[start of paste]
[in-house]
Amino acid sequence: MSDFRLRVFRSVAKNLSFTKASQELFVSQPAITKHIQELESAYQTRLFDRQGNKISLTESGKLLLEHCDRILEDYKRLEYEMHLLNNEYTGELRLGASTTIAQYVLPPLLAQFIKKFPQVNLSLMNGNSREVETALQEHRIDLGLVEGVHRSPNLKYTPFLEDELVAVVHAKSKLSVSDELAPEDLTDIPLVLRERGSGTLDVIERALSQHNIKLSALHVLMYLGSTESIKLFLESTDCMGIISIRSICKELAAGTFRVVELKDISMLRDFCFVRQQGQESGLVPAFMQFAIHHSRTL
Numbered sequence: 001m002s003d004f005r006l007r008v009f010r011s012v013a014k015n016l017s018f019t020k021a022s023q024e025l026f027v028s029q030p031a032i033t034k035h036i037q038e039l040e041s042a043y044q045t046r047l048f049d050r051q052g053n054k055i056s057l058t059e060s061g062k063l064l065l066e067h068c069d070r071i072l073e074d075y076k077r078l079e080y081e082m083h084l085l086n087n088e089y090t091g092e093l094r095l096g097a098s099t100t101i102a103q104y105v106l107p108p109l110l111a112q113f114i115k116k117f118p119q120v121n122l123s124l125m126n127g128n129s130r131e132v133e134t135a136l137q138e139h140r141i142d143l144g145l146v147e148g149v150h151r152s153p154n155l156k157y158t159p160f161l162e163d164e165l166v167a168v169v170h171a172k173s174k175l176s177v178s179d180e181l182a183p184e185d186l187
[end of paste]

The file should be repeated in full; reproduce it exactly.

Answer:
[in-house]
Amino acid sequence: MSDFRLRVFRSVAKNLSFTKASQELFVSQPAITKHIQELESAYQTRLFDRQGNKISLTESGKLLLEHCDRILEDYKRLEYEMHLLNNEYTGELRLGASTTIAQYVLPPLLAQFIKKFPQVNLSLMNGNSREVETALQEHRIDLGLVEGVHRSPNLKYTPFLEDELVAVVHAKSKLSVSDELAPEDLTDIPLVLRERGSGTLDVIERALSQHNIKLSALHVLMYLGSTESIKLFLESTDCMGIISIRSICKELAAGTFRVVELKDISMLRDFCFVRQQGQESGLVPAFMQFAIHHSRTL
Numbered sequence: 001m002s003d004f005r006l007r008v009f010r011s012v013a014k015n016l017s018f019t020k021a022s023q024e025l026f027v028s029q030p031a032i033t034k035h036i037q038e039l040e041s042a043y044q045t046r047l048f049d050r051q052g053n054k055i056s057l058t059e060s061g062k063l064l065l066e067h068c069d070r071i072l073e074d075y076k077r078l079e080y081e082m083h084l085l086n087n088e089y090t091g092e093l094r095l096g097a098s099t100t101i102a103q104y105v106l107p108p109l110l111a112q113f114i115k116k117f118p119q120v121n122l123s124l125m126n127g128n129s130r131e132v133e134t135a136l137q138e139h140r141i142d143l144g145l146v147e148g149v150h151r152s153p154n155l156k157y158t159p160f161l162e163d164e165l166v167a168v169v170h171a172k173s174k175l176s177v178s179d180e181l182a183p184e185d186l187